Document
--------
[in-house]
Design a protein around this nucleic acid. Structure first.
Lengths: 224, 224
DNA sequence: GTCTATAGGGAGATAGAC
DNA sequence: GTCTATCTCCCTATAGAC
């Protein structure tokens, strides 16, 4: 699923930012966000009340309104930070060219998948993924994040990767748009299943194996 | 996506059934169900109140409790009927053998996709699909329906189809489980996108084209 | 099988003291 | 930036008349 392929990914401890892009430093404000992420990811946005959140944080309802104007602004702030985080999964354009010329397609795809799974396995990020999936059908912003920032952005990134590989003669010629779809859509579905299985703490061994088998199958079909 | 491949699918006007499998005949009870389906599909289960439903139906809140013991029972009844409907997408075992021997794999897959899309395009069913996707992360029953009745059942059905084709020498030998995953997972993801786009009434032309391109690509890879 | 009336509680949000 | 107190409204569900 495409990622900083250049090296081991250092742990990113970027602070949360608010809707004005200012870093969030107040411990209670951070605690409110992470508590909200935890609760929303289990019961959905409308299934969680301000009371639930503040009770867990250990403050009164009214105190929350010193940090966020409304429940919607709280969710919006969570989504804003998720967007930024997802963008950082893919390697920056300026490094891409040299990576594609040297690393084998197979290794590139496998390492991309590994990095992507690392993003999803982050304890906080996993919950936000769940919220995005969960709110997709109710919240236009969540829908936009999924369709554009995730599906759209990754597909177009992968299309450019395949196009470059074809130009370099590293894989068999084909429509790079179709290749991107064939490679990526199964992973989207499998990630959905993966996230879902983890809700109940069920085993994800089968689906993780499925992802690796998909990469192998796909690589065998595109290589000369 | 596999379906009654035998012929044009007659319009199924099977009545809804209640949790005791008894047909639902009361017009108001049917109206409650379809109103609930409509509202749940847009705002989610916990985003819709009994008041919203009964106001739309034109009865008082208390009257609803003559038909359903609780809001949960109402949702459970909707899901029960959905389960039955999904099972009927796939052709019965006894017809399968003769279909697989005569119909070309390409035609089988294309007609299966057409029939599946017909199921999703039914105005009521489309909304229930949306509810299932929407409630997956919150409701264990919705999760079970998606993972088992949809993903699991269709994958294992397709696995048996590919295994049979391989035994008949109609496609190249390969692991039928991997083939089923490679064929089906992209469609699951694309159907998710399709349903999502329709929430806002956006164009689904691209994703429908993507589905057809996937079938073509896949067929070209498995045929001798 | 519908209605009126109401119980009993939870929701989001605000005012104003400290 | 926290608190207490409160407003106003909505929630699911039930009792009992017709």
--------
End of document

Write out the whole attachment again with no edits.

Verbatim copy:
[in-house]
Design a protein around this nucleic acid. Structure first.
Lengths: 224, 224
DNA sequence: GTCTATAGGGAGATAGAC
DNA sequence: GTCTATCTCCCTATAGAC
């Protein structure tokens, strides 16, 4: 699923930012966000009340309104930070060219998948993924994040990767748009299943194996 | 996506059934169900109140409790009927053998996709699909329906189809489980996108084209 | 099988003291 | 930036008349 392929990914401890892009430093404000992420990811946005959140944080309802104007602004702030985080999964354009010329397609795809799974396995990020999936059908912003920032952005990134590989003669010629779809859509579905299985703490061994088998199958079909 | 491949699918006007499998005949009870389906599909289960439903139906809140013991029972009844409907997408075992021997794999897959899309395009069913996707992360029953009745059942059905084709020498030998995953997972993801786009009434032309391109690509890879 | 009336509680949000 | 107190409204569900 495409990622900083250049090296081991250092742990990113970027602070949360608010809707004005200012870093969030107040411990209670951070605690409110992470508590909200935890609760929303289990019961959905409308299934969680301000009371639930503040009770867990250990403050009164009214105190929350010193940090966020409304429940919607709280969710919006969570989504804003998720967007930024997802963008950082893919390697920056300026490094891409040299990576594609040297690393084998197979290794590139496998390492991309590994990095992507690392993003999803982050304890906080996993919950936000769940919220995005969960709110997709109710919240236009969540829908936009999924369709554009995730599906759209990754597909177009992968299309450019395949196009470059074809130009370099590293894989068999084909429509790079179709290749991107064939490679990526199964992973989207499998990630959905993966996230879902983890809700109940069920085993994800089968689906993780499925992802690796998909990469192998796909690589065998595109290589000369 | 596999379906009654035998012929044009007659319009199924099977009545809804209640949790005791008894047909639902009361017009108001049917109206409650379809109103609930409509509202749940847009705002989610916990985003819709009994008041919203009964106001739309034109009865008082208390009257609803003559038909359903609780809001949960109402949702459970909707899901029960959905389960039955999904099972009927796939052709019965006894017809399968003769279909697989005569119909070309390409035609089988294309007609299966057409029939599946017909199921999703039914105005009521489309909304229930949306509810299932929407409630997956919150409701264990919705999760079970998606993972088992949809993903699991269709994958294992397709696995048996590919295994049979391989035994008949109609496609190249390969692991039928991997083939089923490679064929089906992209469609699951694309159907998710399709349903999502329709929430806002956006164009689904691209994703429908993507589905057809996937079938073509896949067929070209498995045929001798 | 519908209605009126109401119980009993939870929701989001605000005012104003400290 | 926290608190207490409160407003106003909505929630699911039930009792009992017709």